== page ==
Having covered the economic crisis extensively I am always perplexed when the US media reports on US home prices recovering to where they were during the real estate bubble of the 2000′s – which were unrealistic prices.
If home prices began an unsustainable climb in 1999, which is year zero for the housing bubble, then any price increases that occurred after that were unrealistic and should not be considered as a ‘recovery point’ or barometer for US home price stability.
The fact is that US home prices need to correct back down to 1999 levels, which some markets already have, before recovery can begin. But, what do I know? I’m just the guy who sold all my real estate at the peak of the market in 2006 and bought some gold.
(Reuters) – The Housing market is likely to remain weak and may take a generation or more to rebound, Yale economics professor Robert Shiller told Reuters Insider on Tuesday.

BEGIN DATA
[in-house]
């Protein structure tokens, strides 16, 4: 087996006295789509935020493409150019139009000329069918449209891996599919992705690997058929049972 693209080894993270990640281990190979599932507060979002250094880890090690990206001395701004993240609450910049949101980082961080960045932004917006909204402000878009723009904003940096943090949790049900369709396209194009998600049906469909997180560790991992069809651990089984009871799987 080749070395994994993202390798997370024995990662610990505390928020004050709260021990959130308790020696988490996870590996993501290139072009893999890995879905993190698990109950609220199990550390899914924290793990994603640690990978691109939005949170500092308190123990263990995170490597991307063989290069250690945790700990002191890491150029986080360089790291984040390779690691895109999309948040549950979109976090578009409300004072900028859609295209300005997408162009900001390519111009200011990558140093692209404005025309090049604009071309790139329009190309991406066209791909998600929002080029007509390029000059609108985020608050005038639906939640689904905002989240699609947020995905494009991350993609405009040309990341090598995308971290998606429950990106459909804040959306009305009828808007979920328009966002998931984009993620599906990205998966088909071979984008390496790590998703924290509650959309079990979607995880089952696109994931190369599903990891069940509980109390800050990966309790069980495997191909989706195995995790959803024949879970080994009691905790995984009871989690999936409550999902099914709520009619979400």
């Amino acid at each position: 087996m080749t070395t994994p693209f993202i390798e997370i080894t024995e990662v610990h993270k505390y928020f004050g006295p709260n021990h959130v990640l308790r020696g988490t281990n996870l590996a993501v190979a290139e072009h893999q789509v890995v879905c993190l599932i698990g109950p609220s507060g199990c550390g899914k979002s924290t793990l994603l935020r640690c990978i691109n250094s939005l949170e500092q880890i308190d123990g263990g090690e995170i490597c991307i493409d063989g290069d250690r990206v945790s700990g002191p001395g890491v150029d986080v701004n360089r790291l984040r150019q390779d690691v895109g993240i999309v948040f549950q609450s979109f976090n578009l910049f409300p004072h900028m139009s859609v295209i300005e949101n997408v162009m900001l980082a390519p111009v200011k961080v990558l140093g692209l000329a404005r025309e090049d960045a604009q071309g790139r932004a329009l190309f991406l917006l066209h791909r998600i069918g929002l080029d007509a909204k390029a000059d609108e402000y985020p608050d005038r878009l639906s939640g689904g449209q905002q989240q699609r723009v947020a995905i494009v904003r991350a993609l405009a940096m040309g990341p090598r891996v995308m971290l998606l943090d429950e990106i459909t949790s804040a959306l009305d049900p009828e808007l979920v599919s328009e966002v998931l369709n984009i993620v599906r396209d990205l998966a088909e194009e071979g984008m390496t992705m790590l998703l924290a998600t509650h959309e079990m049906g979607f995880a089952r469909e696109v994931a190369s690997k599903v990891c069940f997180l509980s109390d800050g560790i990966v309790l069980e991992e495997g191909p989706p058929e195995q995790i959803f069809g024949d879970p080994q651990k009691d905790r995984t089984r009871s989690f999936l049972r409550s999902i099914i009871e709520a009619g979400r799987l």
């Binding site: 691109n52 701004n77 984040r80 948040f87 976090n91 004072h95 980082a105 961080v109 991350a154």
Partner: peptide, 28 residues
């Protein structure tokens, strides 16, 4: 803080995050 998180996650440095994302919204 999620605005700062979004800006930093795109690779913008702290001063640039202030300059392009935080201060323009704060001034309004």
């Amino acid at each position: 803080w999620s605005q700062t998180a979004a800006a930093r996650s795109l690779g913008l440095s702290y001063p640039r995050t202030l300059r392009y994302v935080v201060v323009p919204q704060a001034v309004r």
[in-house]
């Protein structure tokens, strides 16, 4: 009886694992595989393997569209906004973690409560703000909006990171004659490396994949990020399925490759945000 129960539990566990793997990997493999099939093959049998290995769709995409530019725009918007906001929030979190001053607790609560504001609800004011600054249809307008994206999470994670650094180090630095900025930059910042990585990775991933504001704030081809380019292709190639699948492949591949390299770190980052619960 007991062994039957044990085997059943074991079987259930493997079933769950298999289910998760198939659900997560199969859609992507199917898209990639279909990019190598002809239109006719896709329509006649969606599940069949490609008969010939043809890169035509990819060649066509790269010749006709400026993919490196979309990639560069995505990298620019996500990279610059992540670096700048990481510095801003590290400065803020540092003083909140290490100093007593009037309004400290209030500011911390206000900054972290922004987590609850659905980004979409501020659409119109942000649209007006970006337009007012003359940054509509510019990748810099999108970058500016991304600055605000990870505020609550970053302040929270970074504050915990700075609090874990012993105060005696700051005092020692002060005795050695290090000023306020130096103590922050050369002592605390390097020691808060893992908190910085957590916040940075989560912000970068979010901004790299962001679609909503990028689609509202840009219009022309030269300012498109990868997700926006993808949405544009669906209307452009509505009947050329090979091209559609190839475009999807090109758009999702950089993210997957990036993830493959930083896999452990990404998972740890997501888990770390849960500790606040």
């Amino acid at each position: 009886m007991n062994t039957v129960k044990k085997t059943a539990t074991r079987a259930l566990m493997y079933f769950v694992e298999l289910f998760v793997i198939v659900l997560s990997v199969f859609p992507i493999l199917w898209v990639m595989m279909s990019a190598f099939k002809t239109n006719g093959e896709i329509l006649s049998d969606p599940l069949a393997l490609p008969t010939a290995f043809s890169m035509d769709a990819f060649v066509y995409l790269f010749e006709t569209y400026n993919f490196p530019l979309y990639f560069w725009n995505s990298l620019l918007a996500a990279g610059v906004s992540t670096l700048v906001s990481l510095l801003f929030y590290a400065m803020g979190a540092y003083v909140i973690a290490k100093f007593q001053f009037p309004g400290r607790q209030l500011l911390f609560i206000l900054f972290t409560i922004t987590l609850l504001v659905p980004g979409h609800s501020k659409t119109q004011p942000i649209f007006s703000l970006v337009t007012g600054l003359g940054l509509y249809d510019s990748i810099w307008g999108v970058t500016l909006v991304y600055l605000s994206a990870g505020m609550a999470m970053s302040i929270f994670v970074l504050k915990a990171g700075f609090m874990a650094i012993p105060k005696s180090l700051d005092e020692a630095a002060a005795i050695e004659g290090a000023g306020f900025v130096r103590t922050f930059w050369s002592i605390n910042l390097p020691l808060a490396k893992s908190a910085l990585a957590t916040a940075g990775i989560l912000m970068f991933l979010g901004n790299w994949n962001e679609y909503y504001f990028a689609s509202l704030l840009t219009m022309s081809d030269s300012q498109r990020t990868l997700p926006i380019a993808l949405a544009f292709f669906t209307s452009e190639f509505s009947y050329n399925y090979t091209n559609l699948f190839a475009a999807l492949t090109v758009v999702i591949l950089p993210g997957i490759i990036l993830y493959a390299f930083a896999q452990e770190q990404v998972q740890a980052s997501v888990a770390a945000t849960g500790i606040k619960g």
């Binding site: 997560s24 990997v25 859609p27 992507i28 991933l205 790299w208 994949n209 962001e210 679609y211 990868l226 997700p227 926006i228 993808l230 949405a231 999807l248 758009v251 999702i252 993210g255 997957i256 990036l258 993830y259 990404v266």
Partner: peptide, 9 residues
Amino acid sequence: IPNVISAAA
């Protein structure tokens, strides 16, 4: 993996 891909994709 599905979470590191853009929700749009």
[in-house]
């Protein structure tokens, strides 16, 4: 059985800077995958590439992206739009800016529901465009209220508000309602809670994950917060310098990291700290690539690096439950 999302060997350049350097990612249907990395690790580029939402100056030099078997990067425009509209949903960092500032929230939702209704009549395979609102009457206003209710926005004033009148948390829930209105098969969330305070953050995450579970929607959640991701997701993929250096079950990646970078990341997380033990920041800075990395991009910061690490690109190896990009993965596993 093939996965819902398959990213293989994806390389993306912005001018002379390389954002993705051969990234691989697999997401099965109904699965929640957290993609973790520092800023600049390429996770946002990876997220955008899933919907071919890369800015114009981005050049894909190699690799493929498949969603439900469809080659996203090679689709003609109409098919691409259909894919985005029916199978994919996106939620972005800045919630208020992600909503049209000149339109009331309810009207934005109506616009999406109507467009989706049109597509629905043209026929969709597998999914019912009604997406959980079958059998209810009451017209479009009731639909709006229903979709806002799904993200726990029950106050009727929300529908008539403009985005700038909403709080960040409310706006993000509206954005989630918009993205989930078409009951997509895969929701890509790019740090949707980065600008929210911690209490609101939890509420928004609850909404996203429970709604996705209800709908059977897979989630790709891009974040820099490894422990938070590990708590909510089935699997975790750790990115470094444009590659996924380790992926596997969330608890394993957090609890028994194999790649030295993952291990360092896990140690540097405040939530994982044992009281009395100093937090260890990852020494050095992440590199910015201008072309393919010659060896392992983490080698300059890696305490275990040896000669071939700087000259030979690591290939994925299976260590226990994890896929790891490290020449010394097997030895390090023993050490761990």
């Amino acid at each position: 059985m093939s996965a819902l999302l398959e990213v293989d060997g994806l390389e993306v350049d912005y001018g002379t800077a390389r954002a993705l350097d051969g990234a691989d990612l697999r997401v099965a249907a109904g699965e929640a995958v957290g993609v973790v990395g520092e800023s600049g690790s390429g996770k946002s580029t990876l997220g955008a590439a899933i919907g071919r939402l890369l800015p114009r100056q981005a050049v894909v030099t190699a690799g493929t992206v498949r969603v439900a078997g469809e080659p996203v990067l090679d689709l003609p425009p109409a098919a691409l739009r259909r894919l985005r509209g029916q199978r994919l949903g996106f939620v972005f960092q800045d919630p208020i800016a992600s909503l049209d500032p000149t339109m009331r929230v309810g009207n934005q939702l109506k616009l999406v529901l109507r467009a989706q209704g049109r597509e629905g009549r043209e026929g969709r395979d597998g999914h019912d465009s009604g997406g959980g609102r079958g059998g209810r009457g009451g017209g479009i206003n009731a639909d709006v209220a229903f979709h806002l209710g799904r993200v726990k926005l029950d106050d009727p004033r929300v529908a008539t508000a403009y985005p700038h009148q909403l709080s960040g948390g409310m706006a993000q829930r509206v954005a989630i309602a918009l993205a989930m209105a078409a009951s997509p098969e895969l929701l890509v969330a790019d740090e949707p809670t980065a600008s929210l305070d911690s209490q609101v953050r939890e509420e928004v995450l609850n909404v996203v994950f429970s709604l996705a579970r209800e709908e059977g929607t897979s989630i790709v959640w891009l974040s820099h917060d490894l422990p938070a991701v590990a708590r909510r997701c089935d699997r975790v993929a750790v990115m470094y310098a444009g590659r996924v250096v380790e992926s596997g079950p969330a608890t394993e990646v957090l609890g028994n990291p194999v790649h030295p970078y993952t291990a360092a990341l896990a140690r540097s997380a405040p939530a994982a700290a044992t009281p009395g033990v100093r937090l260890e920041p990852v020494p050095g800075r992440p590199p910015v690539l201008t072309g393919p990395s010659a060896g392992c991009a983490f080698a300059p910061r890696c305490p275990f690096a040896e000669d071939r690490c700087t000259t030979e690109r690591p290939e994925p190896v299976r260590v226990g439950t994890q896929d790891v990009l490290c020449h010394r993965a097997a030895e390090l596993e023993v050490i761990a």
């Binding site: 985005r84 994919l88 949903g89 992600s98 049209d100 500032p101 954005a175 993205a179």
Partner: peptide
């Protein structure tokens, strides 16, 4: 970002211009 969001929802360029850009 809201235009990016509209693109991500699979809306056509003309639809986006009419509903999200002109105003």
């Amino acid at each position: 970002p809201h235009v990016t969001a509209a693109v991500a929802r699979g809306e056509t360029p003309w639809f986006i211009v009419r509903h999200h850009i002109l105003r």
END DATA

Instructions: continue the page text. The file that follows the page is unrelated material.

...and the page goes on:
Shiller, the co-creator of the Standard Poor’s/Case-Shiller home price index, said a weak labor market, high gas prices and a general sense of unease among consumers was outweighing low mortgage rates and would likely keep a lid on prices for the foreseeable future.
“I worry that we might not see a really major turnaround in our lifetimes,” Shiller said.
The SP/Case-Shiller composite index of 20 metropolitan areas gained 0.2 percent in February on a seasonally adjusted basis, the first uptick in prices in 10 months.
But Shiller called it “a very mixed bag.” Nine of the 20 cities recorded falling or flat prices on the month.
He said suburban areas in particular might endure further price declines as high gas prices increase demand for “walkable cities.”